The Latest: Death Valley calls shutdown effects 'disturbing'

Elephant seals and their pups occupy Drakes Beach, Friday, Feb. 1, 2019, in Point Reyes National Seashore, Calif. Tourists unable to visit a popular beach in Northern California that was taken over by a colony of nursing elephant seals during the government shutdown will be able to get an up-close view of the creatures, officials said Friday. Rangers and volunteer docents will lead small groups of visitors starting Saturday to the edge of a parking lot so they can safely see the elephant seals and their newborn pups, said park spokesman John Dell'Osso. (AP Photo/Eric Risberg)
Elephant seals and their pups occupy Drakes Beach, Friday, Feb. 1, 2019, in Point Reyes National Seashore, Calif. Tourists unable to visit a popular beach in Northern California that was taken over by a colony of nursing elephant seals during the government shutdown will be able to get an up-close view of the creatures, officials said Friday. Rangers and volunteer docents will lead small groups of visitors starting Saturday to the edge of a parking lot so they can safely see the elephant seals and their newborn pups, said park spokesman John Dell'Osso. (AP Photo/Eric Risberg)
This undated photo provided by the U.S. National Park Service shows vehicle tracks beyond a sign banning vehicles in the North Panamint dry lake area during the recent federal government shutdown in an area of Death Valley National Park, Calif. National parks across the United States are scrambling to clean up and repair damage caused by visitors and storms during the government shutdown while bracing for another possible closure ahead of the usually busy President's Day weekend. (National Park Service via AP)
This undated photo provided by the U.S. National Park Service shows toilet paper strewn throughout Death Valley National Park, Calif. National parks across the United States are scrambling to clean up and repair damage caused by visitors and storms during the government shutdown while bracing for another possible closure ahead of the usually busy President's Day weekend. (National Park Service via AP)

SALT LAKE CITY — The Latest on efforts to clean up and repair damage at national parks after the government shutdown (all times local):

5:40 p.m.

Officials at Death Valley National Park in California say the impact of human waste and trash left by visitors during the government shutdown is "disturbing."

Superintendent Mike Reynolds said in a news release Friday that workers cleaned up 1,655 clumps of toilet paper and 429 piles of human waste. He estimates people left a half-ton of feces outside restrooms that stayed open until they became too dirty.

He says staffers spent a combined 1,500 hours this week documenting the damage, cleaning and repairing.

Reynolds says visitors "tried to do the right thing by leaving trash next to full dumpsters, but wind and animals dispersed it." He says the park's resources and wildlife paid the price.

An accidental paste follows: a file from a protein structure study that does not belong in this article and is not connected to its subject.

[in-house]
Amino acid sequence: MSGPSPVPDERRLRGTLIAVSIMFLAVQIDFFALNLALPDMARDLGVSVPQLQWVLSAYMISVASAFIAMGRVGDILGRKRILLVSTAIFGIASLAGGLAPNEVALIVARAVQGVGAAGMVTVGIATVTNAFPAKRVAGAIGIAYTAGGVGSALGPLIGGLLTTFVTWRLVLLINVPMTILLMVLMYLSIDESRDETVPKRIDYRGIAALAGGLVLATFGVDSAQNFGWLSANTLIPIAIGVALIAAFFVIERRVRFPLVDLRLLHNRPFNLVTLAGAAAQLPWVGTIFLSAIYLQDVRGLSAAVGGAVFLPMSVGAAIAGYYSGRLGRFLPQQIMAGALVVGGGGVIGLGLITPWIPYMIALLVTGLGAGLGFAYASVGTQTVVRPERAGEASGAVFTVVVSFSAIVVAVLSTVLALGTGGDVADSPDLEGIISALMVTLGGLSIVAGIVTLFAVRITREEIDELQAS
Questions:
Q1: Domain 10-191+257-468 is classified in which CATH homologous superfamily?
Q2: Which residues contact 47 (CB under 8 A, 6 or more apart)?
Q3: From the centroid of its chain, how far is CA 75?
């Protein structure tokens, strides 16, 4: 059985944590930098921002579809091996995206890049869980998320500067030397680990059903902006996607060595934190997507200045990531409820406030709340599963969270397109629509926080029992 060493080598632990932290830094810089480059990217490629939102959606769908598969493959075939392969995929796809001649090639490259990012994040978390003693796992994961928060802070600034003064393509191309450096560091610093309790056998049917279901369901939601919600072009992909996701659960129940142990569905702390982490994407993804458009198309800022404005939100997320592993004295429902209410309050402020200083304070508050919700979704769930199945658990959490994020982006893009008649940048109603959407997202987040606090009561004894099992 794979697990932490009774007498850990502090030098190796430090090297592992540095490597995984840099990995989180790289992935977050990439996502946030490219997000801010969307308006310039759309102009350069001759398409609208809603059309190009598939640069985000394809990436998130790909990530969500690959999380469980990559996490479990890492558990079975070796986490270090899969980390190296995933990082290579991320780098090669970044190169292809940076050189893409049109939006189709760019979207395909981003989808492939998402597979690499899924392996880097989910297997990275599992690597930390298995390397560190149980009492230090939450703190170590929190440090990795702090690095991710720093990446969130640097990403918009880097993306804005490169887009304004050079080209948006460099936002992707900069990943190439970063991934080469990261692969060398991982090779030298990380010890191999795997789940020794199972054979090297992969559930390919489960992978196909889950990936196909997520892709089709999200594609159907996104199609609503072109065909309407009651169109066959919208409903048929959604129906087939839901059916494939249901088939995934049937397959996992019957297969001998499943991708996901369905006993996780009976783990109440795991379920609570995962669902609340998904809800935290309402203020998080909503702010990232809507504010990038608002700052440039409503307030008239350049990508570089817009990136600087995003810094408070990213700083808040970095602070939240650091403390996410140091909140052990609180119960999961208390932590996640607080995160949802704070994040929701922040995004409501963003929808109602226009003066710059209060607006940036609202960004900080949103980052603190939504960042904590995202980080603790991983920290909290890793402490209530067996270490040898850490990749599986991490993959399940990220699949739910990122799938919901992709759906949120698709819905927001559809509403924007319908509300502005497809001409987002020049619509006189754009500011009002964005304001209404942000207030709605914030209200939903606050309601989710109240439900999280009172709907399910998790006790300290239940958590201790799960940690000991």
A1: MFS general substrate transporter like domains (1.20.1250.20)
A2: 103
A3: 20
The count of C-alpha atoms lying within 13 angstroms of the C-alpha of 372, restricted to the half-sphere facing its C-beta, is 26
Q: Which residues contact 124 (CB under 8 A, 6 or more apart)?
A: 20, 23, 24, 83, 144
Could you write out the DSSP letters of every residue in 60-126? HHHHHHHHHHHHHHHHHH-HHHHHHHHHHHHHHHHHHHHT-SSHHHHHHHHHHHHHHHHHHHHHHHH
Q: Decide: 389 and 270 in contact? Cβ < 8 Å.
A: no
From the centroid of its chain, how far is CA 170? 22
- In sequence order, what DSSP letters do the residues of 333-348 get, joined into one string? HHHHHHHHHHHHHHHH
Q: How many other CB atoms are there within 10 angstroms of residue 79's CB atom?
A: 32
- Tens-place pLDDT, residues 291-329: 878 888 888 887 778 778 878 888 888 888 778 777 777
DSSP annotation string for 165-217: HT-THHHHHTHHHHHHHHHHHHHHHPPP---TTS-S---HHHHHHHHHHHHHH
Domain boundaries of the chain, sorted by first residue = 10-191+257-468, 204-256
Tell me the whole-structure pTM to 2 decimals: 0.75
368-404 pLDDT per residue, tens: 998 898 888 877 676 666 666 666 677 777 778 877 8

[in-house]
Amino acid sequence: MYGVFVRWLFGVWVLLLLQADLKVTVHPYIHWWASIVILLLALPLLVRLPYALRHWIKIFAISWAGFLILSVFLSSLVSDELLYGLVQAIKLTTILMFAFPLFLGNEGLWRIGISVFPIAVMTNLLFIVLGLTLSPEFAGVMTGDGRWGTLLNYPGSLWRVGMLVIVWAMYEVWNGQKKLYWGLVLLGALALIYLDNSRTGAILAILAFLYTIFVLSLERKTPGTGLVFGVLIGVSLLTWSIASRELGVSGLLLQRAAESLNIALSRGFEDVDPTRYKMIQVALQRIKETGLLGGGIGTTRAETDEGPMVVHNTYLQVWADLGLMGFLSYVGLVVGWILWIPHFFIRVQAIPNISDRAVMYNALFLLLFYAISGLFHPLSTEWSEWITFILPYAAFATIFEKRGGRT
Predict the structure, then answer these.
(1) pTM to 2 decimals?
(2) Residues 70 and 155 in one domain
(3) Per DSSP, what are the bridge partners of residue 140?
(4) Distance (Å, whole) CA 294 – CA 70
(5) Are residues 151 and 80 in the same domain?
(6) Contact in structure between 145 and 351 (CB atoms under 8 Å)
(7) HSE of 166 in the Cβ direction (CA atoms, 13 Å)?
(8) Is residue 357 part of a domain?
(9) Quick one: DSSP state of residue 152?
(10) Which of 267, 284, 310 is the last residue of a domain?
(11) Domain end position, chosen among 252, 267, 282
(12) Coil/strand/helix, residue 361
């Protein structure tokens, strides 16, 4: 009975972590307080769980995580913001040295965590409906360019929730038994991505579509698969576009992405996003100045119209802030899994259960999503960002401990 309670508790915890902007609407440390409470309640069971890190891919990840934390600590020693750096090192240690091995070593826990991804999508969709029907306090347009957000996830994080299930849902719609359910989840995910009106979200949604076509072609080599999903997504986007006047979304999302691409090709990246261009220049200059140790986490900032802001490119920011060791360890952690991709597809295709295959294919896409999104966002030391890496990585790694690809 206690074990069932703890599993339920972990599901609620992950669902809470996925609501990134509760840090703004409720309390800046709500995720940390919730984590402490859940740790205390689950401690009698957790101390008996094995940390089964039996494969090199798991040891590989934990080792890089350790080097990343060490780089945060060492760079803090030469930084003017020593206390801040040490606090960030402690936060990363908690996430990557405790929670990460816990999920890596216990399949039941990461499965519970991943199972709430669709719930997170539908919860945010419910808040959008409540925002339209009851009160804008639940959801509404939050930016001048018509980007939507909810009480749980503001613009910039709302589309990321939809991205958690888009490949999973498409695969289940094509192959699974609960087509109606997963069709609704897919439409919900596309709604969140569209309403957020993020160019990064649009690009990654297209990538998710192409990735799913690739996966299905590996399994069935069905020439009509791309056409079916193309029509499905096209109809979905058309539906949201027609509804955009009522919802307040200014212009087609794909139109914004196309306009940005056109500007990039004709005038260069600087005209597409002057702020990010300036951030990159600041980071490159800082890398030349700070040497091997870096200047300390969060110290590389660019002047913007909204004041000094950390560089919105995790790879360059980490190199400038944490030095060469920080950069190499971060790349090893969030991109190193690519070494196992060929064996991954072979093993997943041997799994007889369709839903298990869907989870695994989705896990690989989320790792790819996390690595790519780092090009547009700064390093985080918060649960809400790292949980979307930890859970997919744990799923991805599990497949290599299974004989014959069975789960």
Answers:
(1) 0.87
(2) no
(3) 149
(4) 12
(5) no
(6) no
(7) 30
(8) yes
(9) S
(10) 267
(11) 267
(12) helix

Other parks nationwide saw problems, and workers are trying to clean up before another possible shutdown this month.

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3:45 p.m.

Grand Canyon National Park is delaying the start of a highly competitive lottery to award permits for self-guided rafting trips on the Colorado River.

The lottery usually begins Feb. 1 with thousands of people vying for launch dates in 2020. The trips can last 12 to 25 days.

Matt Baldwin works with the park's river permits office.

He says Friday that staff had a lot of work to catch up on after the government reopened following a 35-day shutdown.

The lottery now is scheduled to begin Feb. 16 and close in mid-March. Baldwin says the date was chosen because of another possible government shutdown on Feb. 15. If that happens, the lottery would be delayed again.

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9:05 a.m.

Tourists unable to visit a popular beach in Northern California that was taken over by a colony of nursing elephant seals during the government shutdown will be able to get an up-close view of the creatures.

The Press Democrat reports Point Reyes National Seashore rangers and volunteer docents will lead small groups of visitors starting this weekend to the edge of a parking lot son they can safely see the elephant seals and their newborn pups.

About 60 adult seals that gave birth to 35 pups took over Drakes Beach during the 35-day government shutdown, leading park officials to close access to the beach.

Point Reyes Superintendent Cicely Muldoon says it will be an opportunity for visitors to witness the recovery of a once-threatened species from yards away.

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7:42 a.m.

National parks across the U.S. are scrambling to clean up and repair damage that visitors and storms caused during the recent government shutdown.

A full accounting of damage across more than 400 National Park Service locations isn't known. The agency says damage is isolated and most visitors took good care of the land.

Some parks reported human waste, piles of trash, graffiti and unauthorized trails.

Many parks were unstaffed during the 35-day shutdown. Others had skeleton crews with local governments and nonprofits contributing money and volunteers.

President Donald Trump has said another shutdown could start before the busy Presidents Day weekend this month if an agreement isn't reached on funding for a border wall.

The prospect is compounding pressure the park service faces to catch up on repairs and maintenance.

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